Laws criminalizing drug possession can cause more harm

By Tenu Avafia, Team Leader, Rights, Law and Treatment Access, HIV, Health and Development and Rebecca Schleifer, Consultant, HIV, Human Rights and the Law

In many countries, a criminal record, even for a minor offense, can have serious implications. Being convicted of a crime makes you ineligible for certain jobs, social programmes or benefits or from even being able to exercise your right to vote.

A criminal record can also severely limit the ability to travel to certain countries and can result in the loss of custody of minor children. As prison conditions are often poor and health care services limited, a custodial sentence can have negative impacts on the person's health.


We Cannot Achieve Gender Equality without Drug Policy Reform

By Patrick Tindana, Consultant, UNDP

On 27th September, 2015, UN Member States adopted the 2030 Agenda for Sustainable Development, including 17 Sustainable Development Goals (SDGs). These ambitious goals aim to “end poverty and hunger…to ensure that all human beings can fulfill their potential in dignity and equality...” by 2030.  Notably, governments also committed to “reaching the furthest behind first”.  It follows then that, in order to realize these goals, women who use drugs and or who are marginalized by the current drug control systems deserve specific attention.


The latest issue of our Newsletter - December 2015 - is out!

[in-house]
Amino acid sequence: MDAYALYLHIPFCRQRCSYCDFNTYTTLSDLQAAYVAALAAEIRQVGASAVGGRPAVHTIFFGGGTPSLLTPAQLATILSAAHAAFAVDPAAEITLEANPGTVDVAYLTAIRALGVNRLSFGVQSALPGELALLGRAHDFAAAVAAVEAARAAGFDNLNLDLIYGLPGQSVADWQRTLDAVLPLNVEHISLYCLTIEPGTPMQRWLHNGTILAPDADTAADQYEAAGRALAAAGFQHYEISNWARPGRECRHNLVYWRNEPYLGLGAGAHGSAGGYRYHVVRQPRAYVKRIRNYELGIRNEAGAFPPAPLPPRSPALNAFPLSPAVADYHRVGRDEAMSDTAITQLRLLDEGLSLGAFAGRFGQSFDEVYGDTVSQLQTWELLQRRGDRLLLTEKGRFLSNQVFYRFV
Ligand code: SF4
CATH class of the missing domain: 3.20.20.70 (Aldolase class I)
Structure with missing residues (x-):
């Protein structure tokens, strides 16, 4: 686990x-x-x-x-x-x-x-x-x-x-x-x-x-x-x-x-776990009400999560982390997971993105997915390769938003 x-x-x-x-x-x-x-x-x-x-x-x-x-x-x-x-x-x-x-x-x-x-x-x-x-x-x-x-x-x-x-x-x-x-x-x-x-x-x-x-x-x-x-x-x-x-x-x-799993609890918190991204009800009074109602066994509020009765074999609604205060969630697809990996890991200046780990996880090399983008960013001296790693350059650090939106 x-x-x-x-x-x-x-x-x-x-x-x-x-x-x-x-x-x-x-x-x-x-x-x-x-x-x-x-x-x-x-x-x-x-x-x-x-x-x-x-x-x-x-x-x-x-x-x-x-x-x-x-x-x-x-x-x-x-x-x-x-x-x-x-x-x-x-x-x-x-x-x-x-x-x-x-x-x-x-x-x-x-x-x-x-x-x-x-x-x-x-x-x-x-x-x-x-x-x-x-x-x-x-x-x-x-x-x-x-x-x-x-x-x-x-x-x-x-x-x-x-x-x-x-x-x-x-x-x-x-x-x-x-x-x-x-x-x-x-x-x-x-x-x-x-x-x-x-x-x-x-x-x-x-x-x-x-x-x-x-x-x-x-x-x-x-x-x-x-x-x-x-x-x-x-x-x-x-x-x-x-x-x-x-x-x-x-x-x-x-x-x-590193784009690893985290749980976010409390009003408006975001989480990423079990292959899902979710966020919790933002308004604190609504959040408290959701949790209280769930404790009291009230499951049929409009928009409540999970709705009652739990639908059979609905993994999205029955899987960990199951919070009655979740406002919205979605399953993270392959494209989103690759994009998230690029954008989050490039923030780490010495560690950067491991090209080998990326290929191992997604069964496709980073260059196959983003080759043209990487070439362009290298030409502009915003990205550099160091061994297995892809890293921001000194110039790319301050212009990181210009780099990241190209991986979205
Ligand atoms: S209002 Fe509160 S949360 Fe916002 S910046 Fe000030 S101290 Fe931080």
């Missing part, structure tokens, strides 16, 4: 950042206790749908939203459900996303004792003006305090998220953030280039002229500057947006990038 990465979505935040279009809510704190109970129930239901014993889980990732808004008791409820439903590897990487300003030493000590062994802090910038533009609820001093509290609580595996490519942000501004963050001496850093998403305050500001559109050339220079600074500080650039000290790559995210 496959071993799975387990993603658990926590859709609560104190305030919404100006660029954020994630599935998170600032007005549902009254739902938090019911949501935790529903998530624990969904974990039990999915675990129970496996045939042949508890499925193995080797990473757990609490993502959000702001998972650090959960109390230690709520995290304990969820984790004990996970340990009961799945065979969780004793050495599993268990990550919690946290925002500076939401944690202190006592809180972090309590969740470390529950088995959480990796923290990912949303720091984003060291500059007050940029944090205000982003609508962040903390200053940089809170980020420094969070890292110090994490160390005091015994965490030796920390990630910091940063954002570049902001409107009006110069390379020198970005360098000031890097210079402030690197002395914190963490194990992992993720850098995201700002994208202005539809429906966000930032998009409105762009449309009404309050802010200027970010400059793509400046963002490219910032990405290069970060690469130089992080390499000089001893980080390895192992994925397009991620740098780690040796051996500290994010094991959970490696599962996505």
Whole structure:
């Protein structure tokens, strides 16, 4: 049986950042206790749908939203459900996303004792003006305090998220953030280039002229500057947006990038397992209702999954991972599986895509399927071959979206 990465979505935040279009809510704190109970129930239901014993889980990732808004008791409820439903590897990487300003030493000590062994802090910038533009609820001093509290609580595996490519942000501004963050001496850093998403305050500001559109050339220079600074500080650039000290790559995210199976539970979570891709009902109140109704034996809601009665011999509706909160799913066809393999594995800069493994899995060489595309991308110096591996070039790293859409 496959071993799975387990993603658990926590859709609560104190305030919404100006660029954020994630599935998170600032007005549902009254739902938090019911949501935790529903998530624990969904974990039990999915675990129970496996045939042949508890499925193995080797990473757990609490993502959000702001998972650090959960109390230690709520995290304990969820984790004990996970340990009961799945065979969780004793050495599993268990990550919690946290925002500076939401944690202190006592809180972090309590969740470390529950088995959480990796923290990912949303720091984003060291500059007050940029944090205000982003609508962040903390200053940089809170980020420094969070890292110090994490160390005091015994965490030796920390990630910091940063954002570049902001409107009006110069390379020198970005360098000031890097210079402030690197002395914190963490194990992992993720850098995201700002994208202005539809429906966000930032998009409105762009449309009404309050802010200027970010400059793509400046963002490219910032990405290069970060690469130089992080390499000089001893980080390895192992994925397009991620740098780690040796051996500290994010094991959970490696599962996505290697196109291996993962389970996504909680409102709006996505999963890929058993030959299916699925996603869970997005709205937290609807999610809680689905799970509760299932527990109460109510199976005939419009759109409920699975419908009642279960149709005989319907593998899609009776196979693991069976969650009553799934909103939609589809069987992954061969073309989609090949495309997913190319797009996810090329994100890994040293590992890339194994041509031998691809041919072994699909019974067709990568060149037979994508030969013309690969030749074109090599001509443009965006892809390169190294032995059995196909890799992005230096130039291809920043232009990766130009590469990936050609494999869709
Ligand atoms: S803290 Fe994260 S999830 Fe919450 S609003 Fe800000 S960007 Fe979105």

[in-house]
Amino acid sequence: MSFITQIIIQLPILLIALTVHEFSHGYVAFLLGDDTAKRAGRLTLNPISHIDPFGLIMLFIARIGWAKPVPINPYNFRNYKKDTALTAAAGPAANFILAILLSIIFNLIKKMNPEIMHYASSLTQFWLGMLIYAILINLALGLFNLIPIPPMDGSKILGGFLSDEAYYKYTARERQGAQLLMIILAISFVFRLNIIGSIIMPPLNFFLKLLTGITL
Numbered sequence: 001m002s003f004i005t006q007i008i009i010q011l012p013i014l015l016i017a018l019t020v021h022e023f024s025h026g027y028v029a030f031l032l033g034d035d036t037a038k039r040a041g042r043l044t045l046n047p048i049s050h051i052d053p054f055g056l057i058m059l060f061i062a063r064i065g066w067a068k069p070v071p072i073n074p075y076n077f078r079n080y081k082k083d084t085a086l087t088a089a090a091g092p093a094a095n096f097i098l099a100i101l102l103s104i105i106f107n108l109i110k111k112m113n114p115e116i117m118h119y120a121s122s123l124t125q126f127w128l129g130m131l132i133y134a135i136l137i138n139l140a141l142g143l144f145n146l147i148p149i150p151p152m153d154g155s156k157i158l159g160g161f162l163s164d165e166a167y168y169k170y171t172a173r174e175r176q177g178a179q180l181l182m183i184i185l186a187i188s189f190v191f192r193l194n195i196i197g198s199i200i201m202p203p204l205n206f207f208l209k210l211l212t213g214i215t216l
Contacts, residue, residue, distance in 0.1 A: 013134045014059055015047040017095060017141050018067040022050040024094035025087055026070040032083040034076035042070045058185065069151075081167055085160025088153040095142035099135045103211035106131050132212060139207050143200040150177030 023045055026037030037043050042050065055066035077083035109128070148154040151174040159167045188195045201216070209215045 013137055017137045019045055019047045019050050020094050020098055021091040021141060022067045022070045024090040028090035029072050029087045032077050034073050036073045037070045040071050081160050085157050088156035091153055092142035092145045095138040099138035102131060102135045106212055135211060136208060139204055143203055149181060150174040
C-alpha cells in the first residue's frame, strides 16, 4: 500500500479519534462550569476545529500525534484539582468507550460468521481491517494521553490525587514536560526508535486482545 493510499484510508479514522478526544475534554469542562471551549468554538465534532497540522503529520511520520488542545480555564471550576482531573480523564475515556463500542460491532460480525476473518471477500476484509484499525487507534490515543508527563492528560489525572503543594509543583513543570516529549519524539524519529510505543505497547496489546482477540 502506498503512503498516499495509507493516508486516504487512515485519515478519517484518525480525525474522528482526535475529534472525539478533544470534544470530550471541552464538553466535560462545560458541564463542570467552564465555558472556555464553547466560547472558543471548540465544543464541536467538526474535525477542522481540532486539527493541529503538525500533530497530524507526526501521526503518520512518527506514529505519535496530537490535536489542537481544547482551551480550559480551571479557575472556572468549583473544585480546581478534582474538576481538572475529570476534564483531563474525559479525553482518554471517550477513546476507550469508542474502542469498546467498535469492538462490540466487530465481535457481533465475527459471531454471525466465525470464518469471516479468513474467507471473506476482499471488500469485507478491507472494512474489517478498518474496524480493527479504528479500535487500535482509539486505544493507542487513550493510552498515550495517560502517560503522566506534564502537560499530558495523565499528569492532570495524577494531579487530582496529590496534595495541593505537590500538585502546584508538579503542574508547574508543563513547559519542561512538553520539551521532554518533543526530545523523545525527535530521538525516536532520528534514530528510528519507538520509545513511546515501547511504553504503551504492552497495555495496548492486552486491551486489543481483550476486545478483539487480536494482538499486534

The latest issue of our Newsletter - December 2015 - is out! Follow the link below to get caught up on updates and key developments related to HIV and the law. In this issue you'll find a compilation of recent news articles and stories of implementation of the recommendations of the Global Commission on HIV and the Law, with links to access the full articles on the web.

Read the Newsletter

Strengthening the use of competition law to promote access to health technologies LMICs

By Les Ong, Consultant, UNDP Bangkok Regional Hub

Promoting competition within the pharmaceutical market has proven to be an effective strategy in reducing the price and increasing the availability of essential medicines. The introduction of generic medicines led to significant reductions in the price of HIV treatment, which has contributed to the remarkable increase in HIV treatment coverage. In 2000, HIV treatment was priced at US$ 10,000 per patient per year, but competition from generic introduction has reduced prices dramatically. Most recently, UNDP has been able to procure HIV treatments for below US$100 per patient per year.


UN Secretary-General's High-Level Panel on Access to Medicines Issues Call for Contributions

The United Nations Secretary-General's High-Level Panel on Access to Medicines is inviting contributions for consideration that address the policy incoherence between international human rights law, trade rules and public health objectives regarding the innovation of and access to health technologies. In particular the High-Level Panel will consider contributions that promote research, development, innovation and increase access to medicines, vaccines, diagnostics and related health technologies to improve the health and wellbeing for all, as envisaged by Sustainable Development Goal 3, and the 2030 Agenda for Sustainable Development more broadly.